|Why We Need a U.S.-Based Feminist Anti-Militarism Movement|
“We have leadership development schools for our children because they will decide if they will participate in these wars or not,” said Claudia Castellenos, a human rights lawyer from Popular Feminine Organization Against the War and for Peace in Colombia.
Claudia was among three GFW grantees who we supported to attend the U.S. Social Forum (USSF) in Detroit, where over 15,000 activists participated in 1,000 self-organized workshops on building social change and movements in the U.S. The motto of the World Social Forum is “Another World is Possible,” whereas the USSF motto is, “But Another U.S. is Necessary.”
The Global Fund for Women has an initiative Reclaiming Peace and Genuine Security, Women Dismantling Militarism, so I organized a workshop entitled, “Transnational Feminist Organizing to Resist Militarism and Empire,” with grantees from Colombia, Brazil and Guam. Lisa Natividad from the Guahan Coalition for Peace and Justice talked about the planned transfer of 8,000 U.S. marines from Okinawa to Guam, and the devastating impact that the transfer will have on their already heavily militarized island. “What does the legacy of militarism mean for Guam mean?” Lisa asked. “Poor health outcomes and short lives due to the toxicity caused by the [U.S.] military base.” Gwyn Kirk, co-founder of the International Women’s Network Against Militarism talked about how militarism is used to rape women, inflict violence on people, contaminate the environment, and strip farmers and peasants of their land and sovereignty. Alessandra Ceregetti from the World March of Women, an international feminist grassroots movement working to end poverty and violence against women, talked about how they promote peace and demilitarization. “War, conflict, militarization are expressions of violence that are not natural,” Alessandra said, “but generated by the system.”
But the U.S. military doesn’t just impact people abroad. Tomorrow, I’ll write about how it impacts us right here at home.
Although GFW primarily supports women-led efforts outside the United States, it’s important for our grantees to be connected to and in solidarity with a strong U.S.-based feminist, anti-militarist movement. That’s why we brought together Fabiola Torralba and Graciela Sanchez from the Esperanza Peace and Justice Center in San Antonio Texas, and Barbara Lott-Holland from the Bus Riders Union of the Labor Community Strategy Center. These multi-racial, multi-generational women shared their experiences of living near U.S. military bases, how their family is recruited into the military, the policing of their neighborhoods, and the school-to-prison pipeline for youth of color. We discussed the need to build a powerful grassroots women’s movement in the U.S. that can work across borders because it will take all of us to stand up to the military industrial complex. If anyone could do it, women can.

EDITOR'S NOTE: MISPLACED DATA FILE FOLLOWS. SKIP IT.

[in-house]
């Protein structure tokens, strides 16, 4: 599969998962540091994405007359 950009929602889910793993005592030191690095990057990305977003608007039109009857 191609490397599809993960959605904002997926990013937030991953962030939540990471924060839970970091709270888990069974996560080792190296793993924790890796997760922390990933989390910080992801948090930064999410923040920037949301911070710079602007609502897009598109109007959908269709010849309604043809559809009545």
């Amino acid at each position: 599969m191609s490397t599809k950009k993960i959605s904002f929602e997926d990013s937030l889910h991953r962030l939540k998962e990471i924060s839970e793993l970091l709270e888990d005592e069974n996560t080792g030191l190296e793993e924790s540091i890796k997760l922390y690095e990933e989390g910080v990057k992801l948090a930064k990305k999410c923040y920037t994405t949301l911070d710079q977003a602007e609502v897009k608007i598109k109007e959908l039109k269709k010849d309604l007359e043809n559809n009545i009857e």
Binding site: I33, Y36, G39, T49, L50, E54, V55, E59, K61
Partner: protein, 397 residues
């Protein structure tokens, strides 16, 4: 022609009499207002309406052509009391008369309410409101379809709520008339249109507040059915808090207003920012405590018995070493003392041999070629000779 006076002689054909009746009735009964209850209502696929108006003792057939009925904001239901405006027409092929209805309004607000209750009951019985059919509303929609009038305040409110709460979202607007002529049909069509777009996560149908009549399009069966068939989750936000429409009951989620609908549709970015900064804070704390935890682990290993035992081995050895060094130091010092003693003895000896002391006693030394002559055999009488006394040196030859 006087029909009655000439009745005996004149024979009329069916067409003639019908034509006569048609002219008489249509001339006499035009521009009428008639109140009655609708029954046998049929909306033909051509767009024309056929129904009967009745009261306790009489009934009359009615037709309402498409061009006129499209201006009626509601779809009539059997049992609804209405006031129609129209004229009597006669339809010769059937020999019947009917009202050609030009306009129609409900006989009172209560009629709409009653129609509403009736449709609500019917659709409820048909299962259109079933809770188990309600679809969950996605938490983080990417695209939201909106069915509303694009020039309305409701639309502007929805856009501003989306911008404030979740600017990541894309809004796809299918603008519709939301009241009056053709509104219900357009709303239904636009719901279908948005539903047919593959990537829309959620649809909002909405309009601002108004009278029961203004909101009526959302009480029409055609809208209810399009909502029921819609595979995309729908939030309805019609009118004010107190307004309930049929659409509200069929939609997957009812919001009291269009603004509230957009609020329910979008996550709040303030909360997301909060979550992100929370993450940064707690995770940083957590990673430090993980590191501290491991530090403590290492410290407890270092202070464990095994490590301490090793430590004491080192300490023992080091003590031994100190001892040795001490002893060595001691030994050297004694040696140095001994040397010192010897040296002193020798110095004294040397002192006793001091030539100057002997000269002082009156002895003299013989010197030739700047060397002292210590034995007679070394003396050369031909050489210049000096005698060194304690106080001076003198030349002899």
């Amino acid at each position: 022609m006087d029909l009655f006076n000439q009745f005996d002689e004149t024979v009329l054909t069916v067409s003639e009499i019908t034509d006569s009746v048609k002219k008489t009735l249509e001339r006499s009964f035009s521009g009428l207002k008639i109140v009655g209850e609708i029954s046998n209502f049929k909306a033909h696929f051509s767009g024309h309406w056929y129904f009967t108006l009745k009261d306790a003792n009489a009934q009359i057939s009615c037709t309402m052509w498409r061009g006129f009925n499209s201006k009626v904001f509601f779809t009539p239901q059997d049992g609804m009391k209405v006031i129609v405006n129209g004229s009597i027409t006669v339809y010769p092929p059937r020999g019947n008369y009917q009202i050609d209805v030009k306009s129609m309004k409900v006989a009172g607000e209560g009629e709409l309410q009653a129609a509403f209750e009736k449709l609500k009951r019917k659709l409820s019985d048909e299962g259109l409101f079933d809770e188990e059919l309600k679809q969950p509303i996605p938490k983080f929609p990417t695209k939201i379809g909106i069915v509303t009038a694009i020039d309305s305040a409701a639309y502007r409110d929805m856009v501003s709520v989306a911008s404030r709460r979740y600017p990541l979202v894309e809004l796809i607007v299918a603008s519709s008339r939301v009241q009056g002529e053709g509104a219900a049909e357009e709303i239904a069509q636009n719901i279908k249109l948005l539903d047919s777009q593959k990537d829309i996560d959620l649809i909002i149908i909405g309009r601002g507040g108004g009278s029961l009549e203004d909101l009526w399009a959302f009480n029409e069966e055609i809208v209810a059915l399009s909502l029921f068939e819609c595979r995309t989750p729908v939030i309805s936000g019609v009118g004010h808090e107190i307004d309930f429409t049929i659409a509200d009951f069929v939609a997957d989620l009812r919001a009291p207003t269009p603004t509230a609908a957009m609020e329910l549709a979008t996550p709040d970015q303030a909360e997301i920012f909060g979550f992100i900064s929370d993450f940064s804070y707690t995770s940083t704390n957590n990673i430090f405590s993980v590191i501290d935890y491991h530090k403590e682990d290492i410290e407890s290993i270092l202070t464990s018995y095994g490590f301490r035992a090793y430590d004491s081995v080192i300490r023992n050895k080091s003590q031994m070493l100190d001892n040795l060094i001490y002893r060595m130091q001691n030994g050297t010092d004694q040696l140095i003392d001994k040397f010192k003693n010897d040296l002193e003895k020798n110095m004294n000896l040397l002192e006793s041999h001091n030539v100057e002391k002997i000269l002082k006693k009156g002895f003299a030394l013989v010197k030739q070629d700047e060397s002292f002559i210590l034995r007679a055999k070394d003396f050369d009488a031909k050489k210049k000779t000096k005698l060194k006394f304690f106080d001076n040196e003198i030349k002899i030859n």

Graciela Sanchez, whose organization uses culture and art, shared these powerful words of how we might build a movement of women against militarism. “How can we organize against the military? How can we organize against poverty and racism? How can we organize for justice if we hate ourselves? We have to learn to do the work as mujeres to ground ourselves culturally and to change the culture of violence, of war, of hate of greed towards that of our abuelitas (grandmothers) that was a culture of love, sharing, compassion, respect, honesty and truth. All simple concepts, but hard to live by. We do that by recognizing that all our identities must come together. In this country, organizing has been centered and defined by men, by identity politics, separated. I can’t separate my queer self, my woman self, my working class background self, my immigrant family from Mexico self, or my curly headed self. We can’t separate our identities. We must look at issues holistically and make the connections.”
The women who came together at the USSF will continue to communicate and deepen our relationships, and solidarity actions are starting to be planned to support the World March of Women efforts in Colombia in August and in the Democratic Republic of Congo in October. Stay tuned to hear how you might join this transnational effort.